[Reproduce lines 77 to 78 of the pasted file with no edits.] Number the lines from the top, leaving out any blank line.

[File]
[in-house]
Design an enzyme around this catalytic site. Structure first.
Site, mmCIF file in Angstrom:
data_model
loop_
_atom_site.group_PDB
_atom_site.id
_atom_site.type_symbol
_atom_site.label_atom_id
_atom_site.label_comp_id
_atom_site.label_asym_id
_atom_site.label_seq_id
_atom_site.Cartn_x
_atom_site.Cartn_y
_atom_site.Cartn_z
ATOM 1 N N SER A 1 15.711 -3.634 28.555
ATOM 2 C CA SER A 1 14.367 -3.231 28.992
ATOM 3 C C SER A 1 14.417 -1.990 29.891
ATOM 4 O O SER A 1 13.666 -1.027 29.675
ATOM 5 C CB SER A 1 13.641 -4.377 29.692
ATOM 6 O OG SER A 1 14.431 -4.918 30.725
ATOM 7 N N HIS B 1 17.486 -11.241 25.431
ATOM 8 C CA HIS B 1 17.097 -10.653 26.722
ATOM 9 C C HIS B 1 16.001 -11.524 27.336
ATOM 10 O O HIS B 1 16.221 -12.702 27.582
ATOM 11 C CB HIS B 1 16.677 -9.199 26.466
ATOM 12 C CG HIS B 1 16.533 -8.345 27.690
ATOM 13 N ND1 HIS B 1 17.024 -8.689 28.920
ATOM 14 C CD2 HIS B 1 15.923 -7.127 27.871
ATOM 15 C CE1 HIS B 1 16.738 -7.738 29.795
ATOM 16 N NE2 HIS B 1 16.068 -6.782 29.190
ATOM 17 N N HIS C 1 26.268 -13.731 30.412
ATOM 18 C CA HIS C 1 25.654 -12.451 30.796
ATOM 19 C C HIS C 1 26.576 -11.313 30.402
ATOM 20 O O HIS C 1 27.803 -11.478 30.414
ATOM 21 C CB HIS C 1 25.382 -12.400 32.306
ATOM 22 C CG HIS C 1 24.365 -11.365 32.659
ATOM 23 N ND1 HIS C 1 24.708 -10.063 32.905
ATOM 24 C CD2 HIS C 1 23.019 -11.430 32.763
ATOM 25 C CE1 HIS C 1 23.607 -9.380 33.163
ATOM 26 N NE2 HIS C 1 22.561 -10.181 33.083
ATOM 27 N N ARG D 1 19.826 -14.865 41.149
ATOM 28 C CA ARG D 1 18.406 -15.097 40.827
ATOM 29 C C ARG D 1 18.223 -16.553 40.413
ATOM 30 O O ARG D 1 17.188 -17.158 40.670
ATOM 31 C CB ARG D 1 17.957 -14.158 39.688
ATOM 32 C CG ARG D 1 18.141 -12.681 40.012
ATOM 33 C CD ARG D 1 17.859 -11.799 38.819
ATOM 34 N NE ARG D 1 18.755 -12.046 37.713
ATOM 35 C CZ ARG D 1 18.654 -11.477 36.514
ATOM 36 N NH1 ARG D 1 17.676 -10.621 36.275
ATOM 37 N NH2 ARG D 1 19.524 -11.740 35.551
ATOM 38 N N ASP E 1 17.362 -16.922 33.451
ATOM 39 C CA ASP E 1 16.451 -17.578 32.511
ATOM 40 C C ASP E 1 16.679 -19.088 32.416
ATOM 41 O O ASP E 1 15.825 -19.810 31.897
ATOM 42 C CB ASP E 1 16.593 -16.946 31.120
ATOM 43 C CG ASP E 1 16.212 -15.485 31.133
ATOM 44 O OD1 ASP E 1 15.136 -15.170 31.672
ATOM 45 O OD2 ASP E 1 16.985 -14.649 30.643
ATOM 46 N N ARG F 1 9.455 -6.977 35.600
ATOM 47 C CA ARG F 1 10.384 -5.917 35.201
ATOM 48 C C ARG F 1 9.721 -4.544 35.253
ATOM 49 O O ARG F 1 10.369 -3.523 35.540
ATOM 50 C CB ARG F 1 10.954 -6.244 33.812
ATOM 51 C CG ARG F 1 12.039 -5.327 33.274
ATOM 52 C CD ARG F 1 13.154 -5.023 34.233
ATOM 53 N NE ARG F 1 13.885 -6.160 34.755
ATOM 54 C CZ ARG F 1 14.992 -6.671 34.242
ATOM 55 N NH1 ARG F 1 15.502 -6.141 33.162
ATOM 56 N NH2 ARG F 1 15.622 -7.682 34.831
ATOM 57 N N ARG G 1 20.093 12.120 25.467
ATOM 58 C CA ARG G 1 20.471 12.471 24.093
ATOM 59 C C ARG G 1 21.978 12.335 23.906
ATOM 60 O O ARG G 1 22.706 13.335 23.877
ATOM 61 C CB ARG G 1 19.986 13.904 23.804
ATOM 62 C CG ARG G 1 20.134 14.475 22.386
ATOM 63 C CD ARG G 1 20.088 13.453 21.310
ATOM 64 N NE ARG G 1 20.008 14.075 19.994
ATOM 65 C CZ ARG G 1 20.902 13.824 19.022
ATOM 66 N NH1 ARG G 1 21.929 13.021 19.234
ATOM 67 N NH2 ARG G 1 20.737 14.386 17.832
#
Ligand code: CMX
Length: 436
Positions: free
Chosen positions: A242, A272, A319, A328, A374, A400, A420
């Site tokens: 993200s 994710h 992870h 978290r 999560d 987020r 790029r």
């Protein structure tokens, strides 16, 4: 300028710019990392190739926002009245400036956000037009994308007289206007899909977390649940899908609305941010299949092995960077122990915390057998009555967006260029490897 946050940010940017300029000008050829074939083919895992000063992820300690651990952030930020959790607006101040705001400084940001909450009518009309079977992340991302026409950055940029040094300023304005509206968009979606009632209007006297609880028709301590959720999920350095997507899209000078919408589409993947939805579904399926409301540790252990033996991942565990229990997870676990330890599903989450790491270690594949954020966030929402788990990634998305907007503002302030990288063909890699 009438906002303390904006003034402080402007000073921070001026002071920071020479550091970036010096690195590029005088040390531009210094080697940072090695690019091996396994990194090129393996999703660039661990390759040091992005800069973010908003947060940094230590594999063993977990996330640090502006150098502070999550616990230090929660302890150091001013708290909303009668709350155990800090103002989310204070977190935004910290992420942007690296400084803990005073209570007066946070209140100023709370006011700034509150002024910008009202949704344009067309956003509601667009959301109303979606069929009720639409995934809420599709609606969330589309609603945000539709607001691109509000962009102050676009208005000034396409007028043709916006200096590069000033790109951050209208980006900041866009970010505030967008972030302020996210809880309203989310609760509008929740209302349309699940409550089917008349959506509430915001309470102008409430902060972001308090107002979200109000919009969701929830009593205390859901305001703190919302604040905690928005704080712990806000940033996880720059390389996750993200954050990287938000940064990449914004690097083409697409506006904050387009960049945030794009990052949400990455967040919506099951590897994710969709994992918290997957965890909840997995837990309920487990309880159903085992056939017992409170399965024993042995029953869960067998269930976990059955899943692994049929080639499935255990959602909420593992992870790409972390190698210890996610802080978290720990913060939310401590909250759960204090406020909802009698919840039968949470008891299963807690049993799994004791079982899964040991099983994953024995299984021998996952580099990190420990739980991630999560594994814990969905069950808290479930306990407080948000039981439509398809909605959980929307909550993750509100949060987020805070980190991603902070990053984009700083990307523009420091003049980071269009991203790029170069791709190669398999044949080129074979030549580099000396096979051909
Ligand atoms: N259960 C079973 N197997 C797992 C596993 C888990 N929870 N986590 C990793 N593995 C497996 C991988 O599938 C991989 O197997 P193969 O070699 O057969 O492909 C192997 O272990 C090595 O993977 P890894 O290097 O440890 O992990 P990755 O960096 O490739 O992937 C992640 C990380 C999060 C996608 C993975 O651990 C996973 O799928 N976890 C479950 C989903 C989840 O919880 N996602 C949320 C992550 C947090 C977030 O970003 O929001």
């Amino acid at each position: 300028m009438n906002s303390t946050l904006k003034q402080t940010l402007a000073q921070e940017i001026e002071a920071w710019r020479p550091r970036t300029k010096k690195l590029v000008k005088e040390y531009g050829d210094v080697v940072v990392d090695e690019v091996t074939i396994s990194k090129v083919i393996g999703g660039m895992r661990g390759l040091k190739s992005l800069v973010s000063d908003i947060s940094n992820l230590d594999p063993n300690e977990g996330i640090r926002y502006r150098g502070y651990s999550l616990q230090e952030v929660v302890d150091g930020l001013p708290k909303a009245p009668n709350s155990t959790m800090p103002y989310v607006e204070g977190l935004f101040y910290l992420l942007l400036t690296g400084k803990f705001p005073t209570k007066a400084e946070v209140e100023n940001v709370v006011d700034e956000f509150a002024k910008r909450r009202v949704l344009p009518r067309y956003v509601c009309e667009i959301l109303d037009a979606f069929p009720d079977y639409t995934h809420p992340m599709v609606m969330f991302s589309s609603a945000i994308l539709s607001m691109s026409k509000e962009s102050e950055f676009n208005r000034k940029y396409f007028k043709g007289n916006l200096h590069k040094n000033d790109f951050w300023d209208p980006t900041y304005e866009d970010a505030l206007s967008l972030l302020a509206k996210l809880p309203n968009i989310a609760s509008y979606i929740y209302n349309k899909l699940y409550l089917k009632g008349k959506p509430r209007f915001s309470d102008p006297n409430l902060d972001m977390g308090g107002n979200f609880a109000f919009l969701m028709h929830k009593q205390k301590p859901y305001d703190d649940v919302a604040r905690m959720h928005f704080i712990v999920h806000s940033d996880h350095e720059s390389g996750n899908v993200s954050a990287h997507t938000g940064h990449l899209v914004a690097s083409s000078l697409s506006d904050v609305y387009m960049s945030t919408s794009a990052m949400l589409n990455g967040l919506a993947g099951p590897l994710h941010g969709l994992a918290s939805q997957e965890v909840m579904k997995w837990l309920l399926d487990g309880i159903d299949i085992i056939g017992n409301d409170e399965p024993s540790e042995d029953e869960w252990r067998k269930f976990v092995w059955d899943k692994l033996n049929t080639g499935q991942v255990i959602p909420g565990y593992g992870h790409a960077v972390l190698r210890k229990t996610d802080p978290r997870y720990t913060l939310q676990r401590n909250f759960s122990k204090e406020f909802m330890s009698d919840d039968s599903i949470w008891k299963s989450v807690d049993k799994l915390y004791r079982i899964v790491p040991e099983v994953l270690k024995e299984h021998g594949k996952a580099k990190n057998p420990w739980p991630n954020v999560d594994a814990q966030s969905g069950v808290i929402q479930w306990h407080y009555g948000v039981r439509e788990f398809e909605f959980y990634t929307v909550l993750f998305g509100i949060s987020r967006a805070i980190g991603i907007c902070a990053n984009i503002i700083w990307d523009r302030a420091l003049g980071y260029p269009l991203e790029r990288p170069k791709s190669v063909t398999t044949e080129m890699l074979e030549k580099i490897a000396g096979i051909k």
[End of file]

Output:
ATOM 62 C CG ARG G 1 20.134 14.475 22.386
ATOM 63 C CD ARG G 1 20.088 13.453 21.310